One of the exercises which had to be undertaken by RAF section was the functioning of a primary glider.  To do this properly one had to have one’s AB license to glide which meant doing 3 solos. I spent three weekends going over to Ruffoth air field where the gliding school put them through the paces and got me some 21 launches and then my final 2 solos. We used a training glider called a Sedbergh which probably had some connection with the glides which landed in Normandy in 1945 because it was made at the Slingsby sailplane factory in Kirbymoorside.  The glider was attached to a long 300 yards of steel wire which was run onto a winch located at the end of the airfield in a large lorry type vehicle. The ring at the end was fitted onto a little tongue beneath the nose of the glider but some 6 feet from the tip.  as the slack was drawn in there was a signal given to the winch and then power was put on and the glider rolled forward as it lifted off the stick was  kept back and the  glider climbed steeply until it came to some 800 feet as I remember. One felt the pull before less and the nose dropped and then one pulled the release, Of course if you did not then the glider would be dragged down as the wires was rolled round the drum s.  the noise stopped the glider righted itself in a slightly nose down position and all was peaceful, a wonderful feeling like nothing one can every experience elsewhere.  I had to fix my eyes on the altimeter because the next part was to swing across wind (we were of course flying into the wind to take off and land) so the cross wind leg had to e flown to edge of the airfield at 600 feet you turned right again for the downwind leg and flew the length of the airfield until 300 feet. at this point one turned across the wind again to the final approach at about 100 feet, the  end of the  airfield slipped under the wings and you readied everything for the touchdown.  You touch the rudder to straighten up the nose on the runway and then the ailerons to keep the wings level and just as the glider was about to touch you raise the nose slightly and  the  slides hit the ground.  If you were any good you landed a the place where the glider would take off without having to be manhandled back.   From my  point of view this is the best thing which I got from the time in the RAF.  It was rather tiresome for them because it meant I hogged the launches when some of the cadets who had come there were wanting a turn.  I then went to a training course to discovered how to string/rig a primary glider :a primary glider is fully open, has a frame and wings and tailplane but with nothing in front except a simple control column.  It had many wires and fasteners, was very heavy and was propelled by bungy (in the 1990s this material became famous for bungee jumping (cf. the Bond film Golden Eye which begins with a bungee jump).  The glider was genuine but so inefficient that it barely flew and if towed to a great height came down very quickly.  It was part of the system that 10 slides had to be made before the glider could become airborne.  Since a slide took some 10 minutes with 20 boys pulling the bungee – it was very difficult to give the boys a go each and get one to reach the magic 10.  Towing behind a land rover was immensely frowned on because the glider tended to take off and then crash into the landrover.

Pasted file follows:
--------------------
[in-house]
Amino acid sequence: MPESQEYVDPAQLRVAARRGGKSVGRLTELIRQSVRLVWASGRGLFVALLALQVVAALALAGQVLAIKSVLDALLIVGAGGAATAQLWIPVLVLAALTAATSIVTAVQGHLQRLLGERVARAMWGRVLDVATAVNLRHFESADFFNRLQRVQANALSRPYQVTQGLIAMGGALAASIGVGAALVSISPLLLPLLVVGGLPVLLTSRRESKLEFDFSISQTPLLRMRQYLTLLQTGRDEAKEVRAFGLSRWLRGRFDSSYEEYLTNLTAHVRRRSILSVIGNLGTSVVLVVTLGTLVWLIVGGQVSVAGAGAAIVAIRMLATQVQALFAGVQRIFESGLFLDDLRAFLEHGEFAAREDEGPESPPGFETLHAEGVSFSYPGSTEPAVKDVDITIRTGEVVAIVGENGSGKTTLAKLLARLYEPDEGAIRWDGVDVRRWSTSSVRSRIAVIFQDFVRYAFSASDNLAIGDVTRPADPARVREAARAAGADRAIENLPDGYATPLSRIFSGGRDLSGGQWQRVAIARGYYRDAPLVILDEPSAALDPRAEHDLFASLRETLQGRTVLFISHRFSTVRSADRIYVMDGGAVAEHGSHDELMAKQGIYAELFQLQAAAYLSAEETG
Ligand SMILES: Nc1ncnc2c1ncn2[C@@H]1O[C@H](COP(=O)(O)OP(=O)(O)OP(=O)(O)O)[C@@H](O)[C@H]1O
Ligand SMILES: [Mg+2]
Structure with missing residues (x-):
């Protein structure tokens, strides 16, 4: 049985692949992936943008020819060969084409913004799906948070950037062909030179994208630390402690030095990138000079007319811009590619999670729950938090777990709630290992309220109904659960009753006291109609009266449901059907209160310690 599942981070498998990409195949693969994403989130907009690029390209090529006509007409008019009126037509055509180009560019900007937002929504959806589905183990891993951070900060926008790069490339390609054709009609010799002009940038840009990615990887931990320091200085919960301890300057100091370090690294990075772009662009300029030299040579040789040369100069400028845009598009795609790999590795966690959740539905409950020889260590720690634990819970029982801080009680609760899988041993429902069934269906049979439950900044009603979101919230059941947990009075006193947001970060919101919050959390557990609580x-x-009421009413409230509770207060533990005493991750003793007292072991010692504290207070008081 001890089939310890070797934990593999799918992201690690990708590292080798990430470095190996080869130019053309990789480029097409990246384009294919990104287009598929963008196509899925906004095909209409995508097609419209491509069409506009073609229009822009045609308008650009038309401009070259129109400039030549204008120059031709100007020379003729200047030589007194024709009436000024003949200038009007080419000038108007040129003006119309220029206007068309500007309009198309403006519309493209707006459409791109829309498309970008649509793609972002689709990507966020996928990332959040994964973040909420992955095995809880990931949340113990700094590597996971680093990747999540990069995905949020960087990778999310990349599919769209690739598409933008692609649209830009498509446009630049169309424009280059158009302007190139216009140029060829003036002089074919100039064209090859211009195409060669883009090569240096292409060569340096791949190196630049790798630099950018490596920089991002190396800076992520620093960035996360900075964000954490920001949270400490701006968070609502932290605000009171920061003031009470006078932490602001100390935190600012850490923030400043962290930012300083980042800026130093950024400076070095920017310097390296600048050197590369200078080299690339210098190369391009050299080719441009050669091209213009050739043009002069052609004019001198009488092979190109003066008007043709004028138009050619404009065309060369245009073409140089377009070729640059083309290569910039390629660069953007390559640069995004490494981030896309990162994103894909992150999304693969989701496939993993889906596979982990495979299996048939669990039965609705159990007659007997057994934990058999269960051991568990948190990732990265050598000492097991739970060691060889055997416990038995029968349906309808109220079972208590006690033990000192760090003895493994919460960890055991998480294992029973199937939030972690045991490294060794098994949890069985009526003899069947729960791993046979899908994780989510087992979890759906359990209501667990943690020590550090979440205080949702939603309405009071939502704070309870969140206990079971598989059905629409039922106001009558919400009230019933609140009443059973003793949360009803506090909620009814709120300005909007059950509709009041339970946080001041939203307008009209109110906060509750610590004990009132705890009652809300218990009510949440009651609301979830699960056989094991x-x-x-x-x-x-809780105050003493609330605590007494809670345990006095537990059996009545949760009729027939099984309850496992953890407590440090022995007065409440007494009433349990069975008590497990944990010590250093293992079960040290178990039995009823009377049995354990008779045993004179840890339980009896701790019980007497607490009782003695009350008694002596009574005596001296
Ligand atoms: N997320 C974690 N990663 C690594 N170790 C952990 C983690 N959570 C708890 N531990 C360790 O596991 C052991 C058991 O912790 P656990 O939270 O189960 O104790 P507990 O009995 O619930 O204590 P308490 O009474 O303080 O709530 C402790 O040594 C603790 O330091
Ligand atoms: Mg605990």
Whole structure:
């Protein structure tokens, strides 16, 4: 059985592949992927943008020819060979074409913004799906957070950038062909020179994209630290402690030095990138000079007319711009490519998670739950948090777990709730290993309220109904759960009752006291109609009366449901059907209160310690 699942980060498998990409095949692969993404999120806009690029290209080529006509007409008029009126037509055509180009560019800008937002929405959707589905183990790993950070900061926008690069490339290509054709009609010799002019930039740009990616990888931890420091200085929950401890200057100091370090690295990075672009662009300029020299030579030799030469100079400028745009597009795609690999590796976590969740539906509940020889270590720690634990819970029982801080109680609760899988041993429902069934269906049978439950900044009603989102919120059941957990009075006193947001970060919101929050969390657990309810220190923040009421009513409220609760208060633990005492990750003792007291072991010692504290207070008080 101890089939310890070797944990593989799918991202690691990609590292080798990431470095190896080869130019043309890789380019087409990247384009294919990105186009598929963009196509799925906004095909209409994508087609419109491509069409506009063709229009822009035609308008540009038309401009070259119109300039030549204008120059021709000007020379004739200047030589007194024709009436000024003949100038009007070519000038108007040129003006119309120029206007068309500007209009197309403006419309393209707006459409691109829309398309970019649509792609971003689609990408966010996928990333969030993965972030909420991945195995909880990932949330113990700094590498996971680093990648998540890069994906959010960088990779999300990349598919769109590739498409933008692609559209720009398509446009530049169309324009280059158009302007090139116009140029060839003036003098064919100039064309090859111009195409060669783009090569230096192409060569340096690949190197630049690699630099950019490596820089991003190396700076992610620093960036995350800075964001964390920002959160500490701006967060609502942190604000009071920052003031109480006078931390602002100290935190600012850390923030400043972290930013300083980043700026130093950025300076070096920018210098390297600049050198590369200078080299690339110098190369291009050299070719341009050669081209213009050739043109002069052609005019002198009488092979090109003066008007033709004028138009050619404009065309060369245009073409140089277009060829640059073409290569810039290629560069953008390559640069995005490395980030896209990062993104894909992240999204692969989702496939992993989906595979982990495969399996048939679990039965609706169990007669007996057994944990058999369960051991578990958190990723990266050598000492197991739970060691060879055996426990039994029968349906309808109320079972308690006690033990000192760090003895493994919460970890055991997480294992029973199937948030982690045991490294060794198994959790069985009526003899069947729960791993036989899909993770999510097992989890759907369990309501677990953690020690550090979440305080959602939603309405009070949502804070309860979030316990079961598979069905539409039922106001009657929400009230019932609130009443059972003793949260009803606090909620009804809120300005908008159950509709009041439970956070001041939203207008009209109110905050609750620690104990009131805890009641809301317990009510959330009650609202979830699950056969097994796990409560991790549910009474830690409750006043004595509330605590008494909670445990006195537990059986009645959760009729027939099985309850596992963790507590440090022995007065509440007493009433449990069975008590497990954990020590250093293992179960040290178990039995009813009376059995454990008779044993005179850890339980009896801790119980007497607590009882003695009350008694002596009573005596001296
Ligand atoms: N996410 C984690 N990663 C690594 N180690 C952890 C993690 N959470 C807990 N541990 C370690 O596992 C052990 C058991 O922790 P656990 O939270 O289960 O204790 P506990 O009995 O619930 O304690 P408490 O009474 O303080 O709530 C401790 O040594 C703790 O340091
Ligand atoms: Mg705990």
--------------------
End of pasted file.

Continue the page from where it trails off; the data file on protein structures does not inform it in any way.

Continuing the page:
Fr. Leander Duffy who had preceded Fr. Bernard some years before had got the juniors to pull the primary glider – he sailed far too far, having very enthusiastic juniors pulling the bungee and narrowly missed a bench near the cricket field which he descended on – Fr. Peter’s comments about the state of the cricket field afterwards have not been recorded.  .

RAF Catterick was the HQ of the fire fighting services in the RAF and also that of the RAF Regiment which guards airfields.   At one time Fr. Bernard and I were very close to this aspect of the RAF since their army direction rather harmonized with the needs of the boys – the cops and robbers aspect.  Their airfield on the AI with its old fuselages for fire fighting training also played host to a gliding school.  So we visited it for Field days and camps.

Gliding at Sutton banks was a possibility but it never took off though one or two boys would go up there during Saturdays.   the Chief instructor Henry Doktor was supportive, but it proved too difficult and expensive for the boys to get involved with.  The site is a tricky one and the club insisted in a large number of  launches before solo.

On occasion I would help with the army section.  We had a memorable camp in the Spring in the Lake District near Lake Coniston – I think.  It snowed heavily one day, and we left the tens near a tarn on a hanging valley and went up the mountains returning to pick them up later in the day.   This was the time when one of the tents caught fire – there was quite a problem getting this written off by the army.   Someone had lit a stove in it.  The army stoves were petrol flame throwers and very difficult to light in a wind !  Fr. Aidan was on this camp, and I remember being in the 3 tonner which we could drive in those days when he took off part of a house which was overhanging the road.  Another camp was in Scotland with Fr. Rupert.   During this camp we went to Kingussie to see Fr. Cyprian Broomfield who had retired there and was later  to die there looking after some nuns.